Imaginary likeness of Aelian from a 1610 edition of the Varia Historia

Claudius Aelianus (Ancient Greek: Κλαύδιος Αἰλιανός, Greek transliteration Kláudios Ailianós;[1] c. 175 – c. 235 AD), commonly Aelian (/ˈliən/), born at Praeneste, was a Roman author and teacher of rhetoric who flourished under Septimius Severus and probably outlived Elagabalus, who died in 222. He spoke Greek so fluently that he was called "honey-tongued" (μελίγλωσσος meliglossos); Roman-born, he preferred Greek authors, and wrote in a slightly archaizing Greek himself.[2]

His two chief works are valuable for the numerous quotations from the works of earlier authors, which are otherwise lost, and for the surprising lore, which offers unexpected glimpses into the Greco-Roman world-view. It is also the only Greco-Roman work to mention Gilgamesh.

De Natura Animalium

On the Nature of Animals (alternatively "On the Characteristics of Animals"; Ancient Greek: Περὶ ζῴων ἰδιότητος, Perì zṓōn idiótētos; usually cited by its Latin title De Natura Animalium) is a collection,[2] in seventeen books, of brief stories of natural history. Some are included for the moral lessons they convey; others because they are astonishing.

The Beaver is an amphibious creature: by day it lives hidden in rivers, but at night it roams the land, feeding itself with anything that it can find. Now it understands the reason why hunters come after it with such eagerness and impetuosity, and it puts down its head and with its teeth cuts off its testicles and throws them in their path, as a prudent man who, falling into the hands of robbers, sacrifices all that he is carrying, to save his life, and forfeits his possessions by way of ransom. If however it has already saved its life by self-castration and is again pursued, then it stands up and reveals that it offers no ground for their eager pursuit, and releases the hunters from all further exertions, for they esteem its flesh less. Often however Beavers with testicles intact, after escaping as far away as possible, have drawn in the coveted part, and with great skill and ingenuity tricked their pursuers, pretending that they no longer possessed what they were keeping in concealment.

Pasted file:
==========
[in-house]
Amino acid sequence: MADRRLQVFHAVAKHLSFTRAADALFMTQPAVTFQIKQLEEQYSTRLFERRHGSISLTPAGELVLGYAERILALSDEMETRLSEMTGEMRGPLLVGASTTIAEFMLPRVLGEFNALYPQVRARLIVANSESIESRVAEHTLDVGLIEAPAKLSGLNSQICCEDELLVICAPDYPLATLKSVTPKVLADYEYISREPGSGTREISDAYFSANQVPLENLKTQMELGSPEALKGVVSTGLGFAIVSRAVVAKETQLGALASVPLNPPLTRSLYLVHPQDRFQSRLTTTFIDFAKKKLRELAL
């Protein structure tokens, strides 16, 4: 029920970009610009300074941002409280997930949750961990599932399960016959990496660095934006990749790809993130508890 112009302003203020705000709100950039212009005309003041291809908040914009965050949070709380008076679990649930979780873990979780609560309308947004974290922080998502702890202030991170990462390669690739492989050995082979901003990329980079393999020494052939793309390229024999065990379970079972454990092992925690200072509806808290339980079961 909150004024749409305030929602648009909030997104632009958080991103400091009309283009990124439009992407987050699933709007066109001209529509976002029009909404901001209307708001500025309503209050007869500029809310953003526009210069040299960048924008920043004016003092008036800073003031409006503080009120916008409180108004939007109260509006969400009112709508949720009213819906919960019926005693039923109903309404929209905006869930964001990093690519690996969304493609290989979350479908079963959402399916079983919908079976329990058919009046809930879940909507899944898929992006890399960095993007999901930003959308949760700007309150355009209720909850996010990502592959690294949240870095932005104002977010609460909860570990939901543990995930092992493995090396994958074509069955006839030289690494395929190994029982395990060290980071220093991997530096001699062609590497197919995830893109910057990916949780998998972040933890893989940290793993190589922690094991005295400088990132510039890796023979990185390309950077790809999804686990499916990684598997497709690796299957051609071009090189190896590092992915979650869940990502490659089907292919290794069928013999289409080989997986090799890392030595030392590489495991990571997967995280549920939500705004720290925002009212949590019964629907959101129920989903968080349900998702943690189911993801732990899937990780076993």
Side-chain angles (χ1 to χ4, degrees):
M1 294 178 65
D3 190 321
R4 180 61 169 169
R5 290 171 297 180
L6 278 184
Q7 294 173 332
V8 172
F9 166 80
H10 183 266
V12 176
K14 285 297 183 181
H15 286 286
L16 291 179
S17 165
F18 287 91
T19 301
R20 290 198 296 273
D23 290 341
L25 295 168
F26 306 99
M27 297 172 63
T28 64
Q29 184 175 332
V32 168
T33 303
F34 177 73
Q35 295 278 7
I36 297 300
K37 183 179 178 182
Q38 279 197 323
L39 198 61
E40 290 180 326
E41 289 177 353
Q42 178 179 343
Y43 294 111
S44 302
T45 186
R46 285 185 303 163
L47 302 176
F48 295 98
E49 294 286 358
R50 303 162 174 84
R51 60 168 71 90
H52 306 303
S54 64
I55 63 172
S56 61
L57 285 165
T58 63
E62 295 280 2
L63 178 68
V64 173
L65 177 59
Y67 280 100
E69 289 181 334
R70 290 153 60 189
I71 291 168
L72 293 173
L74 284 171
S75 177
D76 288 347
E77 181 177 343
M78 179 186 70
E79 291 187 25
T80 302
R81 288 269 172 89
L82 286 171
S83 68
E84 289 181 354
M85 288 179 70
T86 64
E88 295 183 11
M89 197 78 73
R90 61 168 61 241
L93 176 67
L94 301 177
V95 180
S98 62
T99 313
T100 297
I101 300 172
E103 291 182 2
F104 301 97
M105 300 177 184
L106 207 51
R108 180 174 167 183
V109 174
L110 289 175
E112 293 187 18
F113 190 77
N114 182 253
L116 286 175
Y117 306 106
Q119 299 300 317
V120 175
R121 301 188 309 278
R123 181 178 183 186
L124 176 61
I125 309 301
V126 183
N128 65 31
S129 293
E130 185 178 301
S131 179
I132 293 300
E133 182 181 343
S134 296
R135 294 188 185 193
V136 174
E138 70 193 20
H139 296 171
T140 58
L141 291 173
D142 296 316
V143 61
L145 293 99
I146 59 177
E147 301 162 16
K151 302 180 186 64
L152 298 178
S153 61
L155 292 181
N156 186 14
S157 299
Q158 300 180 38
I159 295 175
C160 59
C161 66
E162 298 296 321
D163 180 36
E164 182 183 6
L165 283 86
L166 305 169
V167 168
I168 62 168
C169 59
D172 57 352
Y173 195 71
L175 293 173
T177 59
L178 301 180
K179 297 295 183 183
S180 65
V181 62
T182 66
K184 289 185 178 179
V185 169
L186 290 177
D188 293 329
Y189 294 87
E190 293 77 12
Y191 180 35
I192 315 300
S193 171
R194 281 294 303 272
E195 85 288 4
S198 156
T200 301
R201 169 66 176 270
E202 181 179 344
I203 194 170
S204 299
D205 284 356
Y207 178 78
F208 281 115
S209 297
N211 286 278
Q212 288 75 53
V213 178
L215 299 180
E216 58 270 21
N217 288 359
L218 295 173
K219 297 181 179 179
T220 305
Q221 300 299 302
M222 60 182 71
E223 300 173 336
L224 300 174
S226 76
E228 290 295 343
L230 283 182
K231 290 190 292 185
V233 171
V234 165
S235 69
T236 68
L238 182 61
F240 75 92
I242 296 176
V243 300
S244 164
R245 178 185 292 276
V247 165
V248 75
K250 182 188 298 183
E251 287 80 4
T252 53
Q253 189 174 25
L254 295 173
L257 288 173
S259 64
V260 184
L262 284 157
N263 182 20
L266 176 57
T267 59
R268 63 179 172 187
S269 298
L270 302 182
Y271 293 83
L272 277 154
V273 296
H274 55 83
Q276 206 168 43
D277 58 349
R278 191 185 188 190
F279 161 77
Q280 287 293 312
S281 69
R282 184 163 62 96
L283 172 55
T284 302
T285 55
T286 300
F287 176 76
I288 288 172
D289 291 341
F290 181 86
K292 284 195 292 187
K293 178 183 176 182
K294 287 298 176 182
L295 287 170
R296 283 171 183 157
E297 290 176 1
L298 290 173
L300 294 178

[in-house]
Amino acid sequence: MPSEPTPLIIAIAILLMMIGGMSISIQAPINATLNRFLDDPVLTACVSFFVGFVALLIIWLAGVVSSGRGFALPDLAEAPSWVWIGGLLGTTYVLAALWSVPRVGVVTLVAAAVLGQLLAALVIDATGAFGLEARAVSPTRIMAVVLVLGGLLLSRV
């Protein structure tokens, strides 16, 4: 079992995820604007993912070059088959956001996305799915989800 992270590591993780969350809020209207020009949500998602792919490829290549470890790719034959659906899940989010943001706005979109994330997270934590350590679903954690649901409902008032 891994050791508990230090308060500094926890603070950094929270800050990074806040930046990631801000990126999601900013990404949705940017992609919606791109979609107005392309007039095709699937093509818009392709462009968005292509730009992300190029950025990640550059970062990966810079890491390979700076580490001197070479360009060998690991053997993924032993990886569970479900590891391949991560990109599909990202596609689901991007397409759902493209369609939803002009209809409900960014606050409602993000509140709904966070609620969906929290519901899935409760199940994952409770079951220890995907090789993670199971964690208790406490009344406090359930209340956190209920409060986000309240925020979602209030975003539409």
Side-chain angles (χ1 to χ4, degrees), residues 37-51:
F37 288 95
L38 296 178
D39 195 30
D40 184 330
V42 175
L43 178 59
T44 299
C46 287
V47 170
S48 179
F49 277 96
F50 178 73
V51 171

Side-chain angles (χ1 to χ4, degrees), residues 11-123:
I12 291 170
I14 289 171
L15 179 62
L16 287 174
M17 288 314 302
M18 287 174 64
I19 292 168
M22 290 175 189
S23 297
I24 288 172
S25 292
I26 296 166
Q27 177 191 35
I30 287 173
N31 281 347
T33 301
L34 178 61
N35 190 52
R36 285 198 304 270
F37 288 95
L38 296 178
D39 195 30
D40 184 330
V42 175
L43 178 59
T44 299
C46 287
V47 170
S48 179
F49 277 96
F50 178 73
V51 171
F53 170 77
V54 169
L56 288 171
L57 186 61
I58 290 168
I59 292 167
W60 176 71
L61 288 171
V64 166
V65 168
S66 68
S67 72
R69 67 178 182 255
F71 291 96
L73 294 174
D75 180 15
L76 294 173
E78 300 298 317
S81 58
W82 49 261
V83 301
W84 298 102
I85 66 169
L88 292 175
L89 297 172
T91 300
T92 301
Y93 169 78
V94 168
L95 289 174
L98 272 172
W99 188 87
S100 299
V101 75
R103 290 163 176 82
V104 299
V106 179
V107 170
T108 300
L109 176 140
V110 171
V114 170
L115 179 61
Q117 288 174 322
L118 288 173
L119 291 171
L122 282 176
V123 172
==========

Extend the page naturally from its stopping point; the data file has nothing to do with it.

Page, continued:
The Loeb Classical Library introduction characterizes the book as "an appealing collection of facts and fables about the animal kingdom that invites the reader to ponder contrasts between human and animal behavior".

Aelian's anecdotes on animals rarely depend on direct observation: they are almost entirely taken from written sources, not only Pliny the Elder, Theopompus, and Lycus of Rhegium, but also other authors and works now lost, to whom he is thus a valuable witness.[3] He is more attentive to marine life than might be expected,[according to whom?] though, and this seems to reflect first-hand personal interest; he often quotes "fishermen". At times he strikes the modern reader as thoroughly credulous, but at others he specifically states that he is merely reporting what is told by others, and even that he does not believe them. Aelian's work is one of the sources of medieval natural history and of the bestiaries of the Middle Ages.[4]

The surviving portions of the text are badly mangled and garbled and replete with later interpolations.[5] Conrad Gessner (or Gesner), the Swiss scientist and natural historian of the Renaissance, made a Latin translation of Aelian's work, to give it a wider European audience. An English translation by A. F. Scholfield has been published in the Loeb Classical Library, 3 vols. (1958-59).

Varia Historia

Title page of Varia Historia, from the 1668 edition by Tanaquil Faber